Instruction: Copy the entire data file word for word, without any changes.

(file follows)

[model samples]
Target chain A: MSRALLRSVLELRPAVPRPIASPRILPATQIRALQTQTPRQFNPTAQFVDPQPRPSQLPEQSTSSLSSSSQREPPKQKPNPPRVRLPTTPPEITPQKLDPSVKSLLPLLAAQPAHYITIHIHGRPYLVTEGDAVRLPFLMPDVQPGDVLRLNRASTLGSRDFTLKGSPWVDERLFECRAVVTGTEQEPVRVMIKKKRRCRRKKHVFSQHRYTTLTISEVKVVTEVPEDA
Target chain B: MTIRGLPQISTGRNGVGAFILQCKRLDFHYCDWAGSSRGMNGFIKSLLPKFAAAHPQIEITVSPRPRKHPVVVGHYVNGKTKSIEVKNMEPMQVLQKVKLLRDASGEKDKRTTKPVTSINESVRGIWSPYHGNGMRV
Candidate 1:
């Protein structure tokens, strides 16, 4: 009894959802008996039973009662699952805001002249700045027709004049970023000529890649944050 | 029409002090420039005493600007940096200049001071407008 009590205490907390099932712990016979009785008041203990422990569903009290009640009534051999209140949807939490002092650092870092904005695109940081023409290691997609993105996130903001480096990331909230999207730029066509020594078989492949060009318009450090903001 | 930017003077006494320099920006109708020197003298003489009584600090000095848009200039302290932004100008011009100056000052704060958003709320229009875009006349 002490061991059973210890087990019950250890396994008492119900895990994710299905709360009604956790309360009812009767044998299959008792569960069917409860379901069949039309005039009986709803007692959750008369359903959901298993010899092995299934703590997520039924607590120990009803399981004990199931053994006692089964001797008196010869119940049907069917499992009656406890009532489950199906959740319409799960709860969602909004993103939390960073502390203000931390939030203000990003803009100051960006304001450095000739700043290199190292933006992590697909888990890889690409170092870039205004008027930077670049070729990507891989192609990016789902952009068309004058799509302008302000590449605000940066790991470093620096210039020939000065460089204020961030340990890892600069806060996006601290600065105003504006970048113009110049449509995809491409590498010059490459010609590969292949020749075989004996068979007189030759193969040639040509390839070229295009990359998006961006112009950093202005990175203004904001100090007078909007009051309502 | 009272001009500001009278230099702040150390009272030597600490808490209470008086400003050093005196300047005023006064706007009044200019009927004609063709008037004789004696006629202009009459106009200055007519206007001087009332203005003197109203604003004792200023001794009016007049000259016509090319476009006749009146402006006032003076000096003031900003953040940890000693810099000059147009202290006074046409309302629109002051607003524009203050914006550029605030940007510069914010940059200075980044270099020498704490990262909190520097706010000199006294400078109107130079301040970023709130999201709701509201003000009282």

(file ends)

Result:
[model samples]
Target chain A: MSRALLRSVLELRPAVPRPIASPRILPATQIRALQTQTPRQFNPTAQFVDPQPRPSQLPEQSTSSLSSSSQREPPKQKPNPPRVRLPTTPPEITPQKLDPSVKSLLPLLAAQPAHYITIHIHGRPYLVTEGDAVRLPFLMPDVQPGDVLRLNRASTLGSRDFTLKGSPWVDERLFECRAVVTGTEQEPVRVMIKKKRRCRRKKHVFSQHRYTTLTISEVKVVTEVPEDA
Target chain B: MTIRGLPQISTGRNGVGAFILQCKRLDFHYCDWAGSSRGMNGFIKSLLPKFAAAHPQIEITVSPRPRKHPVVVGHYVNGKTKSIEVKNMEPMQVLQKVKLLRDASGEKDKRTTKPVTSINESVRGIWSPYHGNGMRV
Candidate 1:
């Protein structure tokens, strides 16, 4: 009894959802008996039973009662699952805001002249700045027709004049970023000529890649944050 | 029409002090420039005493600007940096200049001071407008 009590205490907390099932712990016979009785008041203990422990569903009290009640009534051999209140949807939490002092650092870092904005695109940081023409290691997609993105996130903001480096990331909230999207730029066509020594078989492949060009318009450090903001 | 930017003077006494320099920006109708020197003298003489009584600090000095848009200039302290932004100008011009100056000052704060958003709320229009875009006349 002490061991059973210890087990019950250890396994008492119900895990994710299905709360009604956790309360009812009767044998299959008792569960069917409860379901069949039309005039009986709803007692959750008369359903959901298993010899092995299934703590997520039924607590120990009803399981004990199931053994006692089964001797008196010869119940049907069917499992009656406890009532489950199906959740319409799960709860969602909004993103939390960073502390203000931390939030203000990003803009100051960006304001450095000739700043290199190292933006992590697909888990890889690409170092870039205004008027930077670049070729990507891989192609990016789902952009068309004058799509302008302000590449605000940066790991470093620096210039020939000065460089204020961030340990890892600069806060996006601290600065105003504006970048113009110049449509995809491409590498010059490459010609590969292949020749075989004996068979007189030759193969040639040509390839070229295009990359998006961006112009950093202005990175203004904001100090007078909007009051309502 | 009272001009500001009278230099702040150390009272030597600490808490209470008086400003050093005196300047005023006064706007009044200019009927004609063709008037004789004696006629202009009459106009200055007519206007001087009332203005003197109203604003004792200023001794009016007049000259016509090319476009006749009146402006006032003076000096003031900003953040940890000693810099000059147009202290006074046409309302629109002051607003524009203050914006550029605030940007510069914010940059200075980044270099020498704490990262909190520097706010000199006294400078109107130079301040970023709130999201709701509201003000009282």